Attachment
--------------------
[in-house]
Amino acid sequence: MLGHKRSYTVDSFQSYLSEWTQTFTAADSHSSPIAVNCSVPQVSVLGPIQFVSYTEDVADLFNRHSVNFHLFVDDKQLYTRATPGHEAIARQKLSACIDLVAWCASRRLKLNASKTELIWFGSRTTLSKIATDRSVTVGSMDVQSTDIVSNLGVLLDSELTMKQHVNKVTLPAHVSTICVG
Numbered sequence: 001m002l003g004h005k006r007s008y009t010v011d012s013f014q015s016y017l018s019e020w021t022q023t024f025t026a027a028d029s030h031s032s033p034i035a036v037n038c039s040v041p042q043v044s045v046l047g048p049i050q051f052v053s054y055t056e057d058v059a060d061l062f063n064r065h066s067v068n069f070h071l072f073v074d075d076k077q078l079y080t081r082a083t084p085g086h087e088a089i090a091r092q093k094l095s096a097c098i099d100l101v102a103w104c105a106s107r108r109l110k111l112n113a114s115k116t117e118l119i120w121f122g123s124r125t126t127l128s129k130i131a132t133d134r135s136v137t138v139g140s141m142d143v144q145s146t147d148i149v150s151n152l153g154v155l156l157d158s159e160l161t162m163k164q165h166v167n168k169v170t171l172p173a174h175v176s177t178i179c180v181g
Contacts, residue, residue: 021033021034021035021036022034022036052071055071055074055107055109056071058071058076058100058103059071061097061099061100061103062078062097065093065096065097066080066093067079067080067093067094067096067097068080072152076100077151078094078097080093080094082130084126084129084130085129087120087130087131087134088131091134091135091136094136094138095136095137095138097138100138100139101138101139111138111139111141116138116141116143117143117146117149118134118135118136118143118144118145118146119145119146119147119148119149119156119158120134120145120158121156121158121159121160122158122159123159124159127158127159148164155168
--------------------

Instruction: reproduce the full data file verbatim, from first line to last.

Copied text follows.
[in-house]
Amino acid sequence: MLGHKRSYTVDSFQSYLSEWTQTFTAADSHSSPIAVNCSVPQVSVLGPIQFVSYTEDVADLFNRHSVNFHLFVDDKQLYTRATPGHEAIARQKLSACIDLVAWCASRRLKLNASKTELIWFGSRTTLSKIATDRSVTVGSMDVQSTDIVSNLGVLLDSELTMKQHVNKVTLPAHVSTICVG
Numbered sequence: 001m002l003g004h005k006r007s008y009t010v011d012s013f014q015s016y017l018s019e020w021t022q023t024f025t026a027a028d029s030h031s032s033p034i035a036v037n038c039s040v041p042q043v044s045v046l047g048p049i050q051f052v053s054y055t056e057d058v059a060d061l062f063n064r065h066s067v068n069f070h071l072f073v074d075d076k077q078l079y080t081r082a083t084p085g086h087e088a089i090a091r092q093k094l095s096a097c098i099d100l101v102a103w104c105a106s107r108r109l110k111l112n113a114s115k116t117e118l119i120w121f122g123s124r125t126t127l128s129k130i131a132t133d134r135s136v137t138v139g140s141m142d143v144q145s146t147d148i149v150s151n152l153g154v155l156l157d158s159e160l161t162m163k164q165h166v167n168k169v170t171l172p173a174h175v176s177t178i179c180v181g
Contacts, residue, residue: 021033021034021035021036022034022036052071055071055074055107055109056071058071058076058100058103059071061097061099061100061103062078062097065093065096065097066080066093067079067080067093067094067096067097068080072152076100077151078094078097080093080094082130084126084129084130085129087120087130087131087134088131091134091135091136094136094138095136095137095138097138100138100139101138101139111138111139111141116138116141116143117143117146117149118134118135118136118143118144118145118146119145119146119147119148119149119156119158120134120145120158121156121158121159121160122158122159123159124159127158127159148164155168